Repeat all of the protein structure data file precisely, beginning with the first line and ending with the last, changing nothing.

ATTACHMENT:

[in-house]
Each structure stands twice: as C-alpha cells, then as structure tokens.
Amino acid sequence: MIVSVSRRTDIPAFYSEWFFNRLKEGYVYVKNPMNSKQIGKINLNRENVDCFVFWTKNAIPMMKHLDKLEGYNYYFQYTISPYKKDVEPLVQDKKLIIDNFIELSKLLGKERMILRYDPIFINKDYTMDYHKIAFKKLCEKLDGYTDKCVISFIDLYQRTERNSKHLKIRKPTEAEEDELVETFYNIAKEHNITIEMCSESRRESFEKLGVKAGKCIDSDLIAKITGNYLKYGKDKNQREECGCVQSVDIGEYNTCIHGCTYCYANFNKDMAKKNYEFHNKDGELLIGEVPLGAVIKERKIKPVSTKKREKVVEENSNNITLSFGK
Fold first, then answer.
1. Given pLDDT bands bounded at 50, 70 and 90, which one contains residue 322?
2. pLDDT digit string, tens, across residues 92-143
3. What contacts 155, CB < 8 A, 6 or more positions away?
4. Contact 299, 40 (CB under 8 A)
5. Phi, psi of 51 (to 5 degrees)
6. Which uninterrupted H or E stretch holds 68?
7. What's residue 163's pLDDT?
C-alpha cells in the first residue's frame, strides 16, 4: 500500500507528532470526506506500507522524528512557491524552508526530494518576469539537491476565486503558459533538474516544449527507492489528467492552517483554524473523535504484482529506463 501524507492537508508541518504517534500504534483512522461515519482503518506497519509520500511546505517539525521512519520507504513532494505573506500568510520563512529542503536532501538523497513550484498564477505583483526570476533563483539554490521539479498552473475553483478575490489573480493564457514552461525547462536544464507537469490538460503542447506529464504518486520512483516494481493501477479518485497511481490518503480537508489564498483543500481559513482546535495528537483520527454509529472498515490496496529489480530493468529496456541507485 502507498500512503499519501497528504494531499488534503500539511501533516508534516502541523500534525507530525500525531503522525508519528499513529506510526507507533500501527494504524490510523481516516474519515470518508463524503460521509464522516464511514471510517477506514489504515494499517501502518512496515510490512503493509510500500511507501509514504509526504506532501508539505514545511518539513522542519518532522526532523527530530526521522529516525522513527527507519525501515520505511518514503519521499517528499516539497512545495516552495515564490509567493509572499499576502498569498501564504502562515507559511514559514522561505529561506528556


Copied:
[in-house]
Each structure stands twice: as C-alpha cells, then as structure tokens.
Amino acid sequence: MIVSVSRRTDIPAFYSEWFFNRLKEGYVYVKNPMNSKQIGKINLNRENVDCFVFWTKNAIPMMKHLDKLEGYNYYFQYTISPYKKDVEPLVQDKKLIIDNFIELSKLLGKERMILRYDPIFINKDYTMDYHKIAFKKLCEKLDGYTDKCVISFIDLYQRTERNSKHLKIRKPTEAEEDELVETFYNIAKEHNITIEMCSESRRESFEKLGVKAGKCIDSDLIAKITGNYLKYGKDKNQREECGCVQSVDIGEYNTCIHGCTYCYANFNKDMAKKNYEFHNKDGELLIGEVPLGAVIKERKIKPVSTKKREKVVEENSNNITLSFGK
Fold first, then answer.
1. Given pLDDT bands bounded at 50, 70 and 90, which one contains residue 322?
2. pLDDT digit string, tens, across residues 92-143
3. What contacts 155, CB < 8 A, 6 or more positions away?
4. Contact 299, 40 (CB under 8 A)
5. Phi, psi of 51 (to 5 degrees)
6. Which uninterrupted H or E stretch holds 68?
7. What's residue 163's pLDDT?
C-alpha cells in the first residue's frame, strides 16, 4: 500500500507528532470526506506500507522524528512557491524552508526530494518576469539537491476565486503558459533538474516544449527507492489528467492552517483554524473523535504484482529506463 501524507492537508508541518504517534500504534483512522461515519482503518506497519509520500511546505517539525521512519520507504513532494505573506500568510520563512529542503536532501538523497513550484498564477505583483526570476533563483539554490521539479498552473475553483478575490489573480493564457514552461525547462536544464507537469490538460503542447506529464504518486520512483516494481493501477479518485497511481490518503480537508489564498483543500481559513482546535495528537483520527454509529472498515490496496529489480530493468529496456541507485 502507498500512503499519501497528504494531499488534503500539511501533516508534516502541523500534525507530525500525531503522525508519528499513529506510526507507533500501527494504524490510523481516516474519515470518508463524503460521509464522516464511514471510517477506514489504515494499517501502518512496515510490512503493509510500500511507501509514504509526504506532501508539505514545511518539513522542519518532522526532523527530530526521522529516525522513527527507519525501515520505511518514503519521499517528499516539497512545495516552495515564490509567493509572499499576502498569498501564504502562515507559511514559514522561505529561506528556